The Coast Guard Lieutenant's Arrest Fits a Pattern of Terrorism Linked to Anti-Government and White Nationalist Extremism

The arrest of a heavily armed white nationalist in Maryland on Wednesday follows another year of deadly far-right extremism.
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The collection of weapons and ammunition federal agents say Christopher Paul Hasson had stockpiled in his Silver Spring apartment.

The collection of weapons and ammunition federal agents say Christopher Paul Hasson had stockpiled in his Silver Spring apartment.

Christopher Paul Hasson, a Coast Guard lieutenant and self-described white nationalist, is accused of planning a domestic terrorist attack. Hasson allegedly targeted prominent liberal figures in government and media, and court documents record Hasson calling for "focused violence" to "establish a white homeland."

Hasson, who is also a former United States marine, allegedly worked as lone wolf. But when police arrested him in his home in Maryland on Wednesday, they found enough weaponry to arm a small militia: handguns, rifles, bullet proof vests, and stacks and stacks of ammunition.

Hasson's arrest fits into a growing pattern of white nationalist violence and homegrown far-right extremism. According to a report by the Anti-Defamation League, far-right domestic terrorists were responsible for almost all extremist-related killings in the U.S. last year. Of the 50 total extremist-related killings committed in 2018, the ADL found that 78 percent of perpetrators had affiliations with white nationalism, and 16 percent had an affiliation with anti-government extremism. Another 4 percent of the murders were attributed to the misogynist "incel" ideology, and only 2 percent (one murder) were attributed to domestic Islamist extremism.

According to the ADL's report, the ideological breakdown in extremist killings in 2018 continued a broader trend, with right-wing extremists being responsible for "the vast majority of extremist-related murders in the past decade." Of the 427 total deaths from extremist killings between 2009 and 2018, the ADL found that 73.3 percent could be attributed to right-wing extremism.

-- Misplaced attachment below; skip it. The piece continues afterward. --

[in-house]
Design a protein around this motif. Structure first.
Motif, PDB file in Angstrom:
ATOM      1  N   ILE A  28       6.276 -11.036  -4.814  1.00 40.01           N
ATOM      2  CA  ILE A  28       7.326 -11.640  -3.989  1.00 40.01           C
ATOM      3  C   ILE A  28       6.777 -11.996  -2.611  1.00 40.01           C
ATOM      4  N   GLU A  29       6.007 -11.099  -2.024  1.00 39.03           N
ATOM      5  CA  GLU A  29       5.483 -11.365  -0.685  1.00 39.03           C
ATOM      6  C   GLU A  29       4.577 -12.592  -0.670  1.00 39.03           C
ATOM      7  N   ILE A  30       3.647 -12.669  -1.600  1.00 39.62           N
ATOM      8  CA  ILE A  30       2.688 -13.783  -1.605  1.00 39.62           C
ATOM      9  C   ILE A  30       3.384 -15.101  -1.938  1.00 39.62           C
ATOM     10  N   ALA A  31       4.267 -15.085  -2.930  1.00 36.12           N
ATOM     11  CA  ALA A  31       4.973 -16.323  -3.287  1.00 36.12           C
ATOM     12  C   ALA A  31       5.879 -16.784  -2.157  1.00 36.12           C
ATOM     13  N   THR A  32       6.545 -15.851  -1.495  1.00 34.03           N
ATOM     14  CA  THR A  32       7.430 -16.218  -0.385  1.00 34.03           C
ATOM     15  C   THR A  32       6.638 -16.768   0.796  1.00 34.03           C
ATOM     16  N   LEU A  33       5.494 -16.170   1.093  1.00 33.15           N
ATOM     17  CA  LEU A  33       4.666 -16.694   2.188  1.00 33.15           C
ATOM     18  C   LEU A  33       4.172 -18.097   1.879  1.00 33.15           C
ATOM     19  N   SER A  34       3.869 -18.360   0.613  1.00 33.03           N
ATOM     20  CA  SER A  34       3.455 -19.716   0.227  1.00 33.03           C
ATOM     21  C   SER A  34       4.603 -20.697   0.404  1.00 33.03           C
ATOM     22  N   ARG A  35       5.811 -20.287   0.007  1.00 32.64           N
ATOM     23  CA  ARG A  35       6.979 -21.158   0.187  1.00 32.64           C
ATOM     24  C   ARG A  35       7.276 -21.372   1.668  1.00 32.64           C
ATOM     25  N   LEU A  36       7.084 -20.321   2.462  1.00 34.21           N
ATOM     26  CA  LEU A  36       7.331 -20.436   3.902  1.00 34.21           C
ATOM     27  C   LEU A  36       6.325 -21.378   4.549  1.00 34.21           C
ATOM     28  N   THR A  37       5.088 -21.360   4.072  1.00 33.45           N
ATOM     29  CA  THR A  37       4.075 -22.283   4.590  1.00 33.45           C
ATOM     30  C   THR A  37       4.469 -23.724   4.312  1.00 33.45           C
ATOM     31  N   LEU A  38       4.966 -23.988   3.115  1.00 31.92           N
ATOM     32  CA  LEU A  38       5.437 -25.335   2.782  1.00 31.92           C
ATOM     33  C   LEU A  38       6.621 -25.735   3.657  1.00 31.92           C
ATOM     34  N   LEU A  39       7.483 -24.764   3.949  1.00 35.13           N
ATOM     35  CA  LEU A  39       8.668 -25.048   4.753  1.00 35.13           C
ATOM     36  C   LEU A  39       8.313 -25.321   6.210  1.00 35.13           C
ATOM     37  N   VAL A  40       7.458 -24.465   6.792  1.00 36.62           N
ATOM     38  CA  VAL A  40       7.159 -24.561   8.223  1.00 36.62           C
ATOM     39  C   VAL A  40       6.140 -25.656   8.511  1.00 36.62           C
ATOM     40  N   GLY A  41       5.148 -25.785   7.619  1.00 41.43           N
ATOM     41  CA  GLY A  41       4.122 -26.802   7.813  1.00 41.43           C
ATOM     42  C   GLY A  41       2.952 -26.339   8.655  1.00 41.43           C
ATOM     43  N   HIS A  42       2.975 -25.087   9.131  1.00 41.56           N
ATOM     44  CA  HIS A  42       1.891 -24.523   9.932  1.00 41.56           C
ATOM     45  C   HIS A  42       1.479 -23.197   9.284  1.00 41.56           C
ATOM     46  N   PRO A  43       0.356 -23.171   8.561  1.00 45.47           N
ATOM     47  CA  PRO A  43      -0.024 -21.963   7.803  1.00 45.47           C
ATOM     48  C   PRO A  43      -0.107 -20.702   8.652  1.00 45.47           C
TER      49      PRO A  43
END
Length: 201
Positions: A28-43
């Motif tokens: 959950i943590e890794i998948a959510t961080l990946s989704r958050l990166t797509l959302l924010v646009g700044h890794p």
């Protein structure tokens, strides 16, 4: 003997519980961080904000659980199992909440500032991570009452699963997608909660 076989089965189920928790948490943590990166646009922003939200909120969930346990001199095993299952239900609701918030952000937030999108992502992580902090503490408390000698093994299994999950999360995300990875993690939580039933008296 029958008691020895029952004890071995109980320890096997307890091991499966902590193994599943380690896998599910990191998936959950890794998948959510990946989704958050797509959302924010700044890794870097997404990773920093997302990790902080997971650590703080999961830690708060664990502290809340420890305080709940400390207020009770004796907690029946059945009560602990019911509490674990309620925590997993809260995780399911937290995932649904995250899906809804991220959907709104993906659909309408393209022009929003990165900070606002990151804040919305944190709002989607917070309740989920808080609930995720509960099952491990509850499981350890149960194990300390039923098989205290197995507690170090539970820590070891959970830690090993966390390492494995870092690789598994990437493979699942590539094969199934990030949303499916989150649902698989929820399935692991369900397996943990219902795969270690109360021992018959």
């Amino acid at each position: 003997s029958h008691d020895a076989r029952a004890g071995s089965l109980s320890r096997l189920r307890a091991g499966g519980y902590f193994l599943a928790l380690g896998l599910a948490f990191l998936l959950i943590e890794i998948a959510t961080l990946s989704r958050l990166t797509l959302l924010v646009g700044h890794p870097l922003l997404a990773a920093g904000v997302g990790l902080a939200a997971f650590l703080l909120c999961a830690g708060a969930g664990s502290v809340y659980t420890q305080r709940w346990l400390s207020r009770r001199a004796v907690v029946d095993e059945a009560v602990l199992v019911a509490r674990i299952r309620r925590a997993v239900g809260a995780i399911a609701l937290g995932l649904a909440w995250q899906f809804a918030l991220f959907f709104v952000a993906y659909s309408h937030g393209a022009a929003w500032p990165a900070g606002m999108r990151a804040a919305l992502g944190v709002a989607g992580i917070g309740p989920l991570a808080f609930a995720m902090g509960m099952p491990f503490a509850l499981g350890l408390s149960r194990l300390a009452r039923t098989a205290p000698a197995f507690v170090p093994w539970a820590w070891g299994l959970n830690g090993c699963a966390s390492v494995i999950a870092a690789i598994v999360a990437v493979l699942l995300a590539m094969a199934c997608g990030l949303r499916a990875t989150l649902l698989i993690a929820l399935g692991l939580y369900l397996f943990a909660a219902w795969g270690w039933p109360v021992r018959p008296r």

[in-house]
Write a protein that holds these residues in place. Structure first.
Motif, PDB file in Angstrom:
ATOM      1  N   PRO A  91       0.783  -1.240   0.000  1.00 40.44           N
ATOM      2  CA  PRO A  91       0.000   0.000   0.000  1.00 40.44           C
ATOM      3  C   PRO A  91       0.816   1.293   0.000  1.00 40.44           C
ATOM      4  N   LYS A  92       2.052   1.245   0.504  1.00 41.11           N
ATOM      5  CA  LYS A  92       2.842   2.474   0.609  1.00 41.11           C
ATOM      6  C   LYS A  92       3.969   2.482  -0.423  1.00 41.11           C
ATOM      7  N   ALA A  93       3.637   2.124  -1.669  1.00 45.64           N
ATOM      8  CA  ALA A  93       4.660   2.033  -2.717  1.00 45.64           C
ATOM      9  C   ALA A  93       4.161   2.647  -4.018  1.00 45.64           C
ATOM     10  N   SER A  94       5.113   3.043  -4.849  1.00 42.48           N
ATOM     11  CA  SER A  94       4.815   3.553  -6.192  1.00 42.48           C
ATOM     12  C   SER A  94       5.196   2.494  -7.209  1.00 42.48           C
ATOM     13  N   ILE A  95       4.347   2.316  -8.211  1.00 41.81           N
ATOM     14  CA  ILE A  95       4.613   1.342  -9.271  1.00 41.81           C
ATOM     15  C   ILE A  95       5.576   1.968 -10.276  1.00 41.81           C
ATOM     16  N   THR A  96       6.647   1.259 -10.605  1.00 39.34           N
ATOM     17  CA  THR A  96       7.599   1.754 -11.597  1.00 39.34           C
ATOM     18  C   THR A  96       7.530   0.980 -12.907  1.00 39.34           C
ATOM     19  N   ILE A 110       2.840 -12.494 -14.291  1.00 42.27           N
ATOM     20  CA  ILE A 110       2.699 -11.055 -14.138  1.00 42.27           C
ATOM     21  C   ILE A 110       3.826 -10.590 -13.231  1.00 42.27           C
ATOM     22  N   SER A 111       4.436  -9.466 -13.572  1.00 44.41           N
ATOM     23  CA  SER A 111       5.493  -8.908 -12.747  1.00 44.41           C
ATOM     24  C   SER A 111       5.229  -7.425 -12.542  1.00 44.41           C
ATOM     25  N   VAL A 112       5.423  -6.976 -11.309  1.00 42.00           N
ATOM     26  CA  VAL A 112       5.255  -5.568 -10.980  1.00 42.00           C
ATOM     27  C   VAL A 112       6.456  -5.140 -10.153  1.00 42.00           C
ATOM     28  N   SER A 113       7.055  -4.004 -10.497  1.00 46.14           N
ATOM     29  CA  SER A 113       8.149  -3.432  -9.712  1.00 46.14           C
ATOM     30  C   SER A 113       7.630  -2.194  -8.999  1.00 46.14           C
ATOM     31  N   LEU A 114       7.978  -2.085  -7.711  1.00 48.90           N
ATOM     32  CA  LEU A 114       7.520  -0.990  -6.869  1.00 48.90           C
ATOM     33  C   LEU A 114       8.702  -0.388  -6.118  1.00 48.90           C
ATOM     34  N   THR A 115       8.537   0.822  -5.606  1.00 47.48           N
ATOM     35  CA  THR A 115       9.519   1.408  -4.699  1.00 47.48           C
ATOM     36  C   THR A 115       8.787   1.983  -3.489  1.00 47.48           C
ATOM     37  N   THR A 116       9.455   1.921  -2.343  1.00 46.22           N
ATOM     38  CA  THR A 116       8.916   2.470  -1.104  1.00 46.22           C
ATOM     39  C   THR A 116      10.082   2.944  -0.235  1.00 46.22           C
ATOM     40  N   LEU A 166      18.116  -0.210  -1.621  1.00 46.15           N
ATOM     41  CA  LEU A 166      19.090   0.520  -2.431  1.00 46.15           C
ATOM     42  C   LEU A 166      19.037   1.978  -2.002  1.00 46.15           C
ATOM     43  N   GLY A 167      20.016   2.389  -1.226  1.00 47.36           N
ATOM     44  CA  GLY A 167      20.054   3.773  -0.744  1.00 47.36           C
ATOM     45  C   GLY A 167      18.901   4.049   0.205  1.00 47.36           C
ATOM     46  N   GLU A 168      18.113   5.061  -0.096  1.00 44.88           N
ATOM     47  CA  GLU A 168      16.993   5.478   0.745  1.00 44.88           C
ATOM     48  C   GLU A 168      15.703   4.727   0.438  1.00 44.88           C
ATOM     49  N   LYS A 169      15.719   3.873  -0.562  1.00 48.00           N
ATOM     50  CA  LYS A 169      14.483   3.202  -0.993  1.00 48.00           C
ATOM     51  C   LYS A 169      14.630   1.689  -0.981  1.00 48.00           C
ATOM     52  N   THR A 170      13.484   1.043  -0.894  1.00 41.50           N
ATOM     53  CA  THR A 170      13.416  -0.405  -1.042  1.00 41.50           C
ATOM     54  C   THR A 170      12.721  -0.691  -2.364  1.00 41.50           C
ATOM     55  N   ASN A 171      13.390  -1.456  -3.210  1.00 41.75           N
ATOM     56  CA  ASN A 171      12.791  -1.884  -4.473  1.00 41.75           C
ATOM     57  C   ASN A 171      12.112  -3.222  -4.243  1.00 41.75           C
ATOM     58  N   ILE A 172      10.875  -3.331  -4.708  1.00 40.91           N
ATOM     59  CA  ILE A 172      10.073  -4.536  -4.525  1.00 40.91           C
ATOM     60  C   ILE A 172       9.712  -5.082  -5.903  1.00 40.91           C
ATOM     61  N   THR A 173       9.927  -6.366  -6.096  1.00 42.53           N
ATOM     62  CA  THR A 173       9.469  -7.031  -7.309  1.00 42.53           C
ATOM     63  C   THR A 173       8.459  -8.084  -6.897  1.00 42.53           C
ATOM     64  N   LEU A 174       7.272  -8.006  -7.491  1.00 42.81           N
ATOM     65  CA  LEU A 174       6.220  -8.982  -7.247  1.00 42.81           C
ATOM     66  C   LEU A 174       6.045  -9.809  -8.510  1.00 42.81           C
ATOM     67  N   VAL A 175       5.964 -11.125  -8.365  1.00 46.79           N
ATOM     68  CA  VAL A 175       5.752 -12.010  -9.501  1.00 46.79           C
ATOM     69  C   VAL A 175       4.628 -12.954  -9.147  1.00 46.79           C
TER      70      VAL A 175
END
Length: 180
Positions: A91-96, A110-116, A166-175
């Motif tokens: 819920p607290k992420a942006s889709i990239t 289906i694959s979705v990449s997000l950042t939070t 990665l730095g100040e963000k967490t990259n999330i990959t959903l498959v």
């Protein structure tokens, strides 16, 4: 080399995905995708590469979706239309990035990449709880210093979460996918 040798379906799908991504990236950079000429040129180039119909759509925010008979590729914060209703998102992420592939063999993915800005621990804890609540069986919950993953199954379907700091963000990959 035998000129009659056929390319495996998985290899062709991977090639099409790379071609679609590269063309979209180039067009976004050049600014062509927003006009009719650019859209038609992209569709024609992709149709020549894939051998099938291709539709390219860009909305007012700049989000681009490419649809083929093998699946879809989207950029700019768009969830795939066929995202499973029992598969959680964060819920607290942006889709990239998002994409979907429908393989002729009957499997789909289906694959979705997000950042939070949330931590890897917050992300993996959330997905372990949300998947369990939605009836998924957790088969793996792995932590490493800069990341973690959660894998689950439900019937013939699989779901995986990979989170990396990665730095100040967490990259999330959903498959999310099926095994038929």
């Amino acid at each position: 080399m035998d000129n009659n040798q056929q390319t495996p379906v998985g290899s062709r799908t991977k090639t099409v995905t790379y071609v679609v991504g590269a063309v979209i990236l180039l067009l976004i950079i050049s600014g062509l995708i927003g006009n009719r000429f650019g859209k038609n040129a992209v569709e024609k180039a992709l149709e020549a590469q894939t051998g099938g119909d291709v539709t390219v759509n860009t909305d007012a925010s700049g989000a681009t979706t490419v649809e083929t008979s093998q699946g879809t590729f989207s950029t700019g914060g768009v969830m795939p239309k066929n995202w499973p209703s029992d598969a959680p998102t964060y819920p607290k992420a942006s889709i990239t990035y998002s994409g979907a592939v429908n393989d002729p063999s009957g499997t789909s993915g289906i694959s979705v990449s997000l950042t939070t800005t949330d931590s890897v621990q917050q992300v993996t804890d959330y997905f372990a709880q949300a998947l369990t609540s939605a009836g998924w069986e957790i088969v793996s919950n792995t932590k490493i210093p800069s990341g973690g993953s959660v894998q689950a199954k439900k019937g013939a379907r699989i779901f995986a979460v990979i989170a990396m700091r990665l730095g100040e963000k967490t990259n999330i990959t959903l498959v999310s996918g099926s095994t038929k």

In 2015, Pacific Standard contributing writer Jared Keller posed a question: "Right-wing extremism kills more Americans than Islamic terrorism. So why aren't we more afraid of it?" Keller explored the psychology that explains why fear of Islamist terrorists dominated many American's psyches, even as the threat of right-wing extremism was statistically higher, writing:

According to David Ropeik, former director of risk communication at the Harvard Center for Risk Analysis, experience and culture tend to shape our fears and anxieties more than rational, statistical odds; we're more likely to fear things we've had first-hand experience with than we are to dread abstract, distant threats. Even that fear of snakes and sharks, statistically insignificant threats to our livelihood, may stem from our horrifying experiences watching Anaconda or Jaws in theaters.*

This year, when the ADL released its report on 2018, The Atlantic's Adam Serwer asked why the threat from white terrorists does not evoke the same sort of public response as the threat of terrorism committed by Muslim people or other minorities. The corrective to the imbalance, according to Serwer, is not to increase surveillance on white people, but rather to "extend the same benefit of the doubt, the same proportionate, measured response with which Americans meet attacks from right-wing extremists, to attacks of all sorts."

According to court documents, Hasson studied the manifesto of the white nationalist Anders Behring Breivik, who killed over 77 people in two attacks in Norway. In the manifesto, Breivik expressed his desire to inspire and instruct other white nationalists to carry out attacks, in Europe and the U.S.

*Update—February 22nd, 2019: This post had been updated with the correct description of David Ropeik's former position at the Harvard Center for Risk Analysis.

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